Trump argues to be ‘misinterpreted’ regarding Otto Warmbier’s death

Washington: United States President Donald Trump on Friday (local time) argued that he was ‘misinterpreted’ regarding the death of Otto Warmbier, an American college student, who was arrested in North Korea last year for allegedly removing a political propaganda poster from a Pyongyang hotel.

In a midnight tweet, President Trump wrote: “I never like being misinterpreted, but especially when it comes to Otto Warmbier and his great family. Remember, I got Otto out along with three others. The previous Administration did nothing, and he was taken on their watch.”

“Of course I hold North Korea responsible for Otto’s mistreatment and death. Most important, Otto Warmbier will not have died in vain. Otto and his family have become a tremendous symbol of strong passion and strength, which will last for many years into the future. I love Otto and think of him often!” Trump added.

The statement by the US President came after the parents of Otto, on Thursday, accused Trump of siding with North Korean leader Kim Jong Un, who denied knowledge of their son’s maltreatment during his imprisonment.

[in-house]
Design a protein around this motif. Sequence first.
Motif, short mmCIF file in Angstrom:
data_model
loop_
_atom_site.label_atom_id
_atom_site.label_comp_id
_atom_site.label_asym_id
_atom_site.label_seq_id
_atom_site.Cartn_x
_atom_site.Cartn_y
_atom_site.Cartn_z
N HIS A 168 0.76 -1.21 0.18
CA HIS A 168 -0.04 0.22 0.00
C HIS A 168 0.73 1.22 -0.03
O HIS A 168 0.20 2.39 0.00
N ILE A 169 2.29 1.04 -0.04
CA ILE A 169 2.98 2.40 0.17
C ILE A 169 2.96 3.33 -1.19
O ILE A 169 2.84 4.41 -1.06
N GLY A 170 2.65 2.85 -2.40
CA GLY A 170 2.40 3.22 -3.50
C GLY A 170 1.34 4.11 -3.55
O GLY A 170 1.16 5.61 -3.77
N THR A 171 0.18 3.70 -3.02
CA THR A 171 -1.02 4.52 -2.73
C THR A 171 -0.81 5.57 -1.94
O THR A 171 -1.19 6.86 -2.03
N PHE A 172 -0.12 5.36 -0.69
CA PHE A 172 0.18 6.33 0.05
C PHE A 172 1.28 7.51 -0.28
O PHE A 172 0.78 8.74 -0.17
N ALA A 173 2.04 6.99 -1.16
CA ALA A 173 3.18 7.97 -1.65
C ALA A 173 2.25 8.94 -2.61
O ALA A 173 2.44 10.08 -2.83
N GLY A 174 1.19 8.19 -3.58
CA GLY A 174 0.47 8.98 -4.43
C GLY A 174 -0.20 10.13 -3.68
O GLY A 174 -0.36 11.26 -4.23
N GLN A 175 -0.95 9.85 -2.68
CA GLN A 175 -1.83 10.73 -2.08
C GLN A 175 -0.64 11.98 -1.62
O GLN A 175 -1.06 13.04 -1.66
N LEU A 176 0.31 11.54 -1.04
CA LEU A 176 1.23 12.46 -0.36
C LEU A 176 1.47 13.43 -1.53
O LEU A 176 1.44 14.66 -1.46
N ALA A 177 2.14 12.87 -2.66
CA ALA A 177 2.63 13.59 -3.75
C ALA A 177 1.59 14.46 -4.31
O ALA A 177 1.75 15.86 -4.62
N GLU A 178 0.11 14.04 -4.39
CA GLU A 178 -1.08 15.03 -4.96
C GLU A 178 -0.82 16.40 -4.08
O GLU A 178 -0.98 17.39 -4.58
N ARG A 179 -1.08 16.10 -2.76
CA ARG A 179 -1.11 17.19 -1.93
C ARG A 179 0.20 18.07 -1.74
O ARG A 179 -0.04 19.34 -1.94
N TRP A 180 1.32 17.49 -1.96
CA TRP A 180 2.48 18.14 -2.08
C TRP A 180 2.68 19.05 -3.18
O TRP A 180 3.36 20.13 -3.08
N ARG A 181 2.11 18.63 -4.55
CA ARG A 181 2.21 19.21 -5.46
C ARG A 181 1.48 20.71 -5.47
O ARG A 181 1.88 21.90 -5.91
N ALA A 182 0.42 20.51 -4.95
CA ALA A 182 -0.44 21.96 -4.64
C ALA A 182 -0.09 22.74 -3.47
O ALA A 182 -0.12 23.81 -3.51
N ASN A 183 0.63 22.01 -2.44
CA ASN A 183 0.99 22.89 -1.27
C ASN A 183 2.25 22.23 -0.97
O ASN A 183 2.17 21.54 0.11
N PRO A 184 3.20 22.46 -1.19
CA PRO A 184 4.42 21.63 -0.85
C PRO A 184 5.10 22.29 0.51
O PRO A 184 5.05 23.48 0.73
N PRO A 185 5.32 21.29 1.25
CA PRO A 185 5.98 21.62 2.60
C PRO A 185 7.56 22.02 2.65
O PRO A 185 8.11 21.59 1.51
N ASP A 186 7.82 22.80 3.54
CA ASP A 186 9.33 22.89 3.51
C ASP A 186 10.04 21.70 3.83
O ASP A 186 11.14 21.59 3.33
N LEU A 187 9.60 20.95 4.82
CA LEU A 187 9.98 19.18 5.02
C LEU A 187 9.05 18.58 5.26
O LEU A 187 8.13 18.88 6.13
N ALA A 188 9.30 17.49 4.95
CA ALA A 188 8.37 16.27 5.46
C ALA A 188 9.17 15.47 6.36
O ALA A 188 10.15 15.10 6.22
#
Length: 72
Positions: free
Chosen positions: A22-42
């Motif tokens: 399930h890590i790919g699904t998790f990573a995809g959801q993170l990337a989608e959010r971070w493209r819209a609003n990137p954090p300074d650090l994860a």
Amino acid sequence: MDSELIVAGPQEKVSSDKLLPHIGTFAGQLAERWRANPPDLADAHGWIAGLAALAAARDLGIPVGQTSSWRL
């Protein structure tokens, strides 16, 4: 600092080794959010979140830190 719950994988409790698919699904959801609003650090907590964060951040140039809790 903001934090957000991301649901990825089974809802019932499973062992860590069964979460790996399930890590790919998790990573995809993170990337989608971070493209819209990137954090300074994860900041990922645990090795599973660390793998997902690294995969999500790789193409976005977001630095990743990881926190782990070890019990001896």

“We have been respectful during this summit process. Now we must speak out. Kim and his evil regime are responsible for the death of our son Otto. Kim and his evil regime are responsible for unimaginable cruelty and inhumanity. No excuses or lavish praise can change that. Thank you,” Fred and Cindy Warmbier, Otto’s parents, was quoted as saying by CNN.

After the second summit with the North Korean leader in Vietnam, the previous month, Trump said that he does not hold Kim to be responsible for Warmbier’s death.

“He tells me that he didn’t know about it and I will take him at his word,” Trump said during a news conference while adding that Kim “felt very badly. But he knew the case very well, but he knew it later.”

Apart from Otto, Trump, last year on May 3, announced the release of three other American hostages, who were detained in North Korea, namely Kim Hak-song, Tony Kim and Kim Dong-chul. They were accused of espionage or doing “hostile acts” against North Korea.

Washington D.C. accused Pyongyang of Warmbier’s “bad” condition, while the latter outwardly rejected it.

Otto suffered severe brain damage during his captivity. The Trump administration placed intense pressure on Pyongyang to release Warmbier when they learned of his condition.